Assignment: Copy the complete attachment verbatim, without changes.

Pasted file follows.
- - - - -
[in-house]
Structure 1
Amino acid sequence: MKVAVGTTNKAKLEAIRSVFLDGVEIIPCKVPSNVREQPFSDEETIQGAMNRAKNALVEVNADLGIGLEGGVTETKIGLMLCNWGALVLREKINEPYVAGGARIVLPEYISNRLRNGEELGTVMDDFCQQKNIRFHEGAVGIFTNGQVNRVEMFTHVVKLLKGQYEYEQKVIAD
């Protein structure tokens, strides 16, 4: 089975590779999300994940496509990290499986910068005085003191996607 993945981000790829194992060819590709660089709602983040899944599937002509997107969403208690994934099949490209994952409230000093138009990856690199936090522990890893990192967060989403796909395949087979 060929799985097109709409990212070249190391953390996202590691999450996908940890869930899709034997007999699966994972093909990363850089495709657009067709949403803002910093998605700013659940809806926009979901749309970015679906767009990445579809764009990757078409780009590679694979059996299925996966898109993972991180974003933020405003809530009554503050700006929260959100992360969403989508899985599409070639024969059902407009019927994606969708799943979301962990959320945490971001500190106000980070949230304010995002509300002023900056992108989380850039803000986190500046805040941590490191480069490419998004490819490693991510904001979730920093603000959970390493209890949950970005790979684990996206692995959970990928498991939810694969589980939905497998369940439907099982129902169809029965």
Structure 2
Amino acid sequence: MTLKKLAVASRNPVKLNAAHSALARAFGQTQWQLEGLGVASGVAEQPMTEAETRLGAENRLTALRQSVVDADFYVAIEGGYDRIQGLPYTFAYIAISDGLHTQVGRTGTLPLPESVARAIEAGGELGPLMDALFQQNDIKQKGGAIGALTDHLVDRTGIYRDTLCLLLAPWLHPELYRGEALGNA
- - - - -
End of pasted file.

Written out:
[in-house]
Structure 1
Amino acid sequence: MKVAVGTTNKAKLEAIRSVFLDGVEIIPCKVPSNVREQPFSDEETIQGAMNRAKNALVEVNADLGIGLEGGVTETKIGLMLCNWGALVLREKINEPYVAGGARIVLPEYISNRLRNGEELGTVMDDFCQQKNIRFHEGAVGIFTNGQVNRVEMFTHVVKLLKGQYEYEQKVIAD
């Protein structure tokens, strides 16, 4: 089975590779999300994940496509990290499986910068005085003191996607 993945981000790829194992060819590709660089709602983040899944599937002509997107969403208690994934099949490209994952409230000093138009990856690199936090522990890893990192967060989403796909395949087979 060929799985097109709409990212070249190391953390996202590691999450996908940890869930899709034997007999699966994972093909990363850089495709657009067709949403803002910093998605700013659940809806926009979901749309970015679906767009990445579809764009990757078409780009590679694979059996299925996966898109993972991180974003933020405003809530009554503050700006929260959100992360969403989508899985599409070639024969059902407009019927994606969708799943979301962990959320945490971001500190106000980070949230304010995002509300002023900056992108989380850039803000986190500046805040941590490191480069490419998004490819490693991510904001979730920093603000959970390493209890949950970005790979684990996206692995959970990928498991939810694969589980939905497998369940439907099982129902169809029965």
Structure 2
Amino acid sequence: MTLKKLAVASRNPVKLNAAHSALARAFGQTQWQLEGLGVASGVAEQPMTEAETRLGAENRLTALRQSVVDADFYVAIEGGYDRIQGLPYTFAYIAISDGLHTQVGRTGTLPLPESVARAIEAGGELGPLMDALFQQNDIKQKGGAIGALTDHLVDRTGIYRDTLCLLLAPWLHPELYRGEALGNA